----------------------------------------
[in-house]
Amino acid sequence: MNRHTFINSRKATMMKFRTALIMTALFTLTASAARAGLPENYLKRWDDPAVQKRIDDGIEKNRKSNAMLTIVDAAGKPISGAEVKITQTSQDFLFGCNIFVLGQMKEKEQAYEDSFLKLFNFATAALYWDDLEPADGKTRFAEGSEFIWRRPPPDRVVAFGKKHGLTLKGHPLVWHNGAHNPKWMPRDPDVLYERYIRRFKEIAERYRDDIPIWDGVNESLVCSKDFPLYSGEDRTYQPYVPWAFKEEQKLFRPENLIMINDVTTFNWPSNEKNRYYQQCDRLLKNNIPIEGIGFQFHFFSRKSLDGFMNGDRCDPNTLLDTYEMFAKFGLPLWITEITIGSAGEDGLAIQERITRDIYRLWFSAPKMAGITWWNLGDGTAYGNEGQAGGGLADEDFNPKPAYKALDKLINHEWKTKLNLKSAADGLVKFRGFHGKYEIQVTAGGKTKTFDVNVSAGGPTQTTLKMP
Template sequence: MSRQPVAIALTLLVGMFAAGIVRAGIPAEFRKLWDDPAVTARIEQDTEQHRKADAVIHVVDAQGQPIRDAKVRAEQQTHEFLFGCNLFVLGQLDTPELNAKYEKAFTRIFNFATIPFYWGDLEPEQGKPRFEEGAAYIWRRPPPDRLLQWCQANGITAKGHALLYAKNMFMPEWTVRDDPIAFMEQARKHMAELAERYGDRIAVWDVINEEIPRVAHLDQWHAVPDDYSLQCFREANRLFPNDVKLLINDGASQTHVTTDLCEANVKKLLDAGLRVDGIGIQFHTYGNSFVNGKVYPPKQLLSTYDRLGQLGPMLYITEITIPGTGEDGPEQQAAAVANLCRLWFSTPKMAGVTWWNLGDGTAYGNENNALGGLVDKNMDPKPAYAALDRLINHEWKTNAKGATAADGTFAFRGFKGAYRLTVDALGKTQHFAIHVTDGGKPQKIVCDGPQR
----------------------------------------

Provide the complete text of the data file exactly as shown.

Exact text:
[in-house]
Amino acid sequence: MNRHTFINSRKATMMKFRTALIMTALFTLTASAARAGLPENYLKRWDDPAVQKRIDDGIEKNRKSNAMLTIVDAAGKPISGAEVKITQTSQDFLFGCNIFVLGQMKEKEQAYEDSFLKLFNFATAALYWDDLEPADGKTRFAEGSEFIWRRPPPDRVVAFGKKHGLTLKGHPLVWHNGAHNPKWMPRDPDVLYERYIRRFKEIAERYRDDIPIWDGVNESLVCSKDFPLYSGEDRTYQPYVPWAFKEEQKLFRPENLIMINDVTTFNWPSNEKNRYYQQCDRLLKNNIPIEGIGFQFHFFSRKSLDGFMNGDRCDPNTLLDTYEMFAKFGLPLWITEITIGSAGEDGLAIQERITRDIYRLWFSAPKMAGITWWNLGDGTAYGNEGQAGGGLADEDFNPKPAYKALDKLINHEWKTKLNLKSAADGLVKFRGFHGKYEIQVTAGGKTKTFDVNVSAGGPTQTTLKMP
Template sequence: MSRQPVAIALTLLVGMFAAGIVRAGIPAEFRKLWDDPAVTARIEQDTEQHRKADAVIHVVDAQGQPIRDAKVRAEQQTHEFLFGCNLFVLGQLDTPELNAKYEKAFTRIFNFATIPFYWGDLEPEQGKPRFEEGAAYIWRRPPPDRLLQWCQANGITAKGHALLYAKNMFMPEWTVRDDPIAFMEQARKHMAELAERYGDRIAVWDVINEEIPRVAHLDQWHAVPDDYSLQCFREANRLFPNDVKLLINDGASQTHVTTDLCEANVKKLLDAGLRVDGIGIQFHTYGNSFVNGKVYPPKQLLSTYDRLGQLGPMLYITEITIPGTGEDGPEQQAAAVANLCRLWFSTPKMAGVTWWNLGDGTAYGNENNALGGLVDKNMDPKPAYAALDRLINHEWKTNAKGATAADGTFAFRGFKGAYRLTVDALGKTQHFAIHVTDGGKPQKIVCDGPQR